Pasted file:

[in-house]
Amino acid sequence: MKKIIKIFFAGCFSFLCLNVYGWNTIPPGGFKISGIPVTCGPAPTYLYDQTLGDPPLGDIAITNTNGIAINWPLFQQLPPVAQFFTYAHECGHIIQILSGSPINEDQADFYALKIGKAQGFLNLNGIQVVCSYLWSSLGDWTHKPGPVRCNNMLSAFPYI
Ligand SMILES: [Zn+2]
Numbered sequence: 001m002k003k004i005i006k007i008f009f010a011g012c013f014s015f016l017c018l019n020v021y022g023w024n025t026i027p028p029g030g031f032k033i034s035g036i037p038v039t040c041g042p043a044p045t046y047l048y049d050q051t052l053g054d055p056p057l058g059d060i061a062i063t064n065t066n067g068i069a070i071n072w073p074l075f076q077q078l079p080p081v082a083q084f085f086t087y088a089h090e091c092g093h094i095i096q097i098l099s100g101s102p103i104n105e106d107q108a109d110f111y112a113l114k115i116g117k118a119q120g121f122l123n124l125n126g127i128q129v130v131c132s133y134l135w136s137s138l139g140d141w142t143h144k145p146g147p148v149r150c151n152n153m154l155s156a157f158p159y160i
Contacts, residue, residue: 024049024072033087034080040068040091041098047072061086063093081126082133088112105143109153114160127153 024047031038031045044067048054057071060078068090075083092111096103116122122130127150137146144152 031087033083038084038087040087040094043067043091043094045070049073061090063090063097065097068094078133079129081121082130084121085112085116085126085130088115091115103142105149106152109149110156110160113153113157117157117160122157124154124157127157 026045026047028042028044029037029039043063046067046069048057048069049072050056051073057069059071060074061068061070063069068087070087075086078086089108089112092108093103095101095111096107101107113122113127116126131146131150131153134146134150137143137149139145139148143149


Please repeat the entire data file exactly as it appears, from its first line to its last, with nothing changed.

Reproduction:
[in-house]
Amino acid sequence: MKKIIKIFFAGCFSFLCLNVYGWNTIPPGGFKISGIPVTCGPAPTYLYDQTLGDPPLGDIAITNTNGIAINWPLFQQLPPVAQFFTYAHECGHIIQILSGSPINEDQADFYALKIGKAQGFLNLNGIQVVCSYLWSSLGDWTHKPGPVRCNNMLSAFPYI
Ligand SMILES: [Zn+2]
Numbered sequence: 001m002k003k004i005i006k007i008f009f010a011g012c013f014s015f016l017c018l019n020v021y022g023w024n025t026i027p028p029g030g031f032k033i034s035g036i037p038v039t040c041g042p043a044p045t046y047l048y049d050q051t052l053g054d055p056p057l058g059d060i061a062i063t064n065t066n067g068i069a070i071n072w073p074l075f076q077q078l079p080p081v082a083q084f085f086t087y088a089h090e091c092g093h094i095i096q097i098l099s100g101s102p103i104n105e106d107q108a109d110f111y112a113l114k115i116g117k118a119q120g121f122l123n124l125n126g127i128q129v130v131c132s133y134l135w136s137s138l139g140d141w142t143h144k145p146g147p148v149r150c151n152n153m154l155s156a157f158p159y160i
Contacts, residue, residue: 024049024072033087034080040068040091041098047072061086063093081126082133088112105143109153114160127153 024047031038031045044067048054057071060078068090075083092111096103116122122130127150137146144152 031087033083038084038087040087040094043067043091043094045070049073061090063090063097065097068094078133079129081121082130084121085112085116085126085130088115091115103142105149106152109149110156110160113153113157117157117160122157124154124157127157 026045026047028042028044029037029039043063046067046069048057048069049072050056051073057069059071060074061068061070063069068087070087075086078086089108089112092108093103095101095111096107101107113122113127116126131146131150131153134146134150137143137149139145139148143149